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Published March 7th, 2018
A unique and relevant play opens at Town Hall Theatre
From left: Suzie Shepard and Erin Gould in "Woman in Mind" Photos Jay Yamada

"Woman In Mind" is a 1980s play that tells the story of a frustrated housewife who finds relief from her dull and emotionally deprived existence in a fantasy world where she has invented a parallel family that has a life of its own, and will finally submerge her sanity. The play, which runs through March 24 at Town Hall Theatre, provides spectators with many moments of lightness and humor on the dark backdrop of a mental breakdown. It is served up by a remarkable group of actors.
Written in 1985 by prominent contemporary British playwright Alan Ayckbourn, known for writing many plays about marriages and also for experimenting with different forms on the stage, "Woman in Mind" has the particularity of being written entirely from the perspective of Susan, the housewife. Dennis Markam, who directs the play at Town Hall, says that this is one of the reasons he wanted to present this work in Lafayette; he believes it is the only play of its kind.
The play takes place in Susan's garden - very lovely scenic design, in her presence only, and we see what she thinks. There is no explanation, no commentary about what is happening to her; the audience has to figure it out. This is where knowing where the play is going, in fact, helps in appreciating it.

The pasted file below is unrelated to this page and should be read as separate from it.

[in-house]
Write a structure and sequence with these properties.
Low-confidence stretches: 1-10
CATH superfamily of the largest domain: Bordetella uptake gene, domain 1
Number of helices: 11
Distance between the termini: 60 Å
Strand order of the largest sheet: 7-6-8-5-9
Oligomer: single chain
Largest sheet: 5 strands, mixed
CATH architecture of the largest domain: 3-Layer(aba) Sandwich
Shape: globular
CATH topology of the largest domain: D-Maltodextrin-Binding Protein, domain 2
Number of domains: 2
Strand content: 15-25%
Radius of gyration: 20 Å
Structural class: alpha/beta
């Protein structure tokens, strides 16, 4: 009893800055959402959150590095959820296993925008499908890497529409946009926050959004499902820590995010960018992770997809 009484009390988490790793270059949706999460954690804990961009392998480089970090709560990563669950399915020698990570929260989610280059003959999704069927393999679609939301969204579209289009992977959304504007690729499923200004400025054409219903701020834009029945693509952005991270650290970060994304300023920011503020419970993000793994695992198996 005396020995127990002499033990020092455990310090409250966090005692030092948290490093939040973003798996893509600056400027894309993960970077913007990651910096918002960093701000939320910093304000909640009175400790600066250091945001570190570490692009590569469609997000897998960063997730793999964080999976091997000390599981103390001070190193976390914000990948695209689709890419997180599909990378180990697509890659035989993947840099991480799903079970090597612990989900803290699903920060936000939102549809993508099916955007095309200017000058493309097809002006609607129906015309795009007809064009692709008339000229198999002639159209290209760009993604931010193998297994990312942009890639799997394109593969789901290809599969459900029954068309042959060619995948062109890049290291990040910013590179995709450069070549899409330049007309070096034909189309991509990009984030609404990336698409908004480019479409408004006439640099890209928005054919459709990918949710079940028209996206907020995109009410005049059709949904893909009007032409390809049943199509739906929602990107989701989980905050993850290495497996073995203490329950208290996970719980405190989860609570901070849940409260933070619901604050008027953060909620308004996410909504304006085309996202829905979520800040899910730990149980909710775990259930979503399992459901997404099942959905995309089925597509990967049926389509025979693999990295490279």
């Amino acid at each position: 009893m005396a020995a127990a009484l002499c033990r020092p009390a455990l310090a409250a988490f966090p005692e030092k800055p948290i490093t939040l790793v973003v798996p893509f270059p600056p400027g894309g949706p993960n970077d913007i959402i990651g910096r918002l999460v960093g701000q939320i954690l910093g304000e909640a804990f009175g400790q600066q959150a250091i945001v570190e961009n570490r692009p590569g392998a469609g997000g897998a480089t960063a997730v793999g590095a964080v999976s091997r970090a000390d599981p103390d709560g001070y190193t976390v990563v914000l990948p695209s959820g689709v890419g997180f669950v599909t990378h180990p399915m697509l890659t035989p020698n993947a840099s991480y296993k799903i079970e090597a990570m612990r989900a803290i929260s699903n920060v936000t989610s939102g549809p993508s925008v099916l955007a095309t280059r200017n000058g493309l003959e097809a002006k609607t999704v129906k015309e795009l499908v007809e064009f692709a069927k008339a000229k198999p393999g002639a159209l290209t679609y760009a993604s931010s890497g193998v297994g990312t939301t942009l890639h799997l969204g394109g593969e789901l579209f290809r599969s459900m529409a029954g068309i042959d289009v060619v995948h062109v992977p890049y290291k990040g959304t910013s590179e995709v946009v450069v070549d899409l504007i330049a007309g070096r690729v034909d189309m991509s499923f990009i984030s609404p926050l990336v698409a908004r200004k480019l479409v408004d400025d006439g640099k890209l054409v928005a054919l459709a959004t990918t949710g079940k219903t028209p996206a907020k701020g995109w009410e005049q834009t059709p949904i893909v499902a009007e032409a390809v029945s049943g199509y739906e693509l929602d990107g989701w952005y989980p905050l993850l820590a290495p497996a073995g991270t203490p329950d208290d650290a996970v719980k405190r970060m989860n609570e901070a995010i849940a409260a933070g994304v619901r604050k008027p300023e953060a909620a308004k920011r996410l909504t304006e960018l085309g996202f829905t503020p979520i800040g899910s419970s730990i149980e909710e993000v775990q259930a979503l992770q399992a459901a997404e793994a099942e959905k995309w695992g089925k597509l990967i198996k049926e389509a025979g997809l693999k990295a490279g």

It all starts as the story of a frustrated housewife who uses benign and rosy, soap opera-like daydreaming to compensate for the lack of emotional fulfillment she gets in her real life. But slowly, the fantasy takes control of her reality, and she tips into madness.
The way Susan loses ground, unable to control her daydreaming, becoming controlled by it, transitions very slowly, but with great mastery.
There are Freudian accents to the play. Susan is frustrated emotionally, but she is also sexually deprived. When she confronts her cold and boring clergyman of a husband on the topic he answers that he thought that after a certain age, meaning menopause, women just lose interest. Her fantasy with her dreamed-husband takes on a very erotic turn - "sleeping with the devil" - just before the tipping point of her folly.
While the subject of the play is dramatic, spectators laugh constantly. The group of actors that were selected to embody the characters holds the success of the play. They are all excellent. Suzie Shepard as Susan brings her natural exuberance to the role and adds all the nuances of despair and anger that it demands. She is on stage from the first minute to the last, in her average dress and sad sweater, a powerful presence.
All the actors revolving around her are perfectly cast. Erin Gould embodies the funny, touching and clumsy doctor, who brings a touch of real humanity into Susan's life. Gretchen Lee Salter is the annoying live-in sister-in-law. She brings the annoyance to an almost palpable level and adds some surprises at the end. Michael Sally plays the boring and insensitive husband perfectly, giving him no redeeming quality. Domonic Tracy as Susan's son has a smaller role but adds his touch of lack of compassion to Susan's deadly paradigm. The fictional family of Craig Souza, Tim Holt Jones and Brooke Silva, with their shallow soap lives and colorful attire, become increasingly and tactfully menacing.
The play does not hit too far from home. Susan's mental imagery and the way it takes control of her life could be a metaphor for today's prescription pill epidemic among mothers reported in Parents Magazine or The Washington Post.
"Woman In Mind" plays at THT until March 24. For more information and tickets go to www.townhalltheatre.com/woman-in-mind/.

From left: Brooke Silva and Suzie Shepard in "Woman in Mind"

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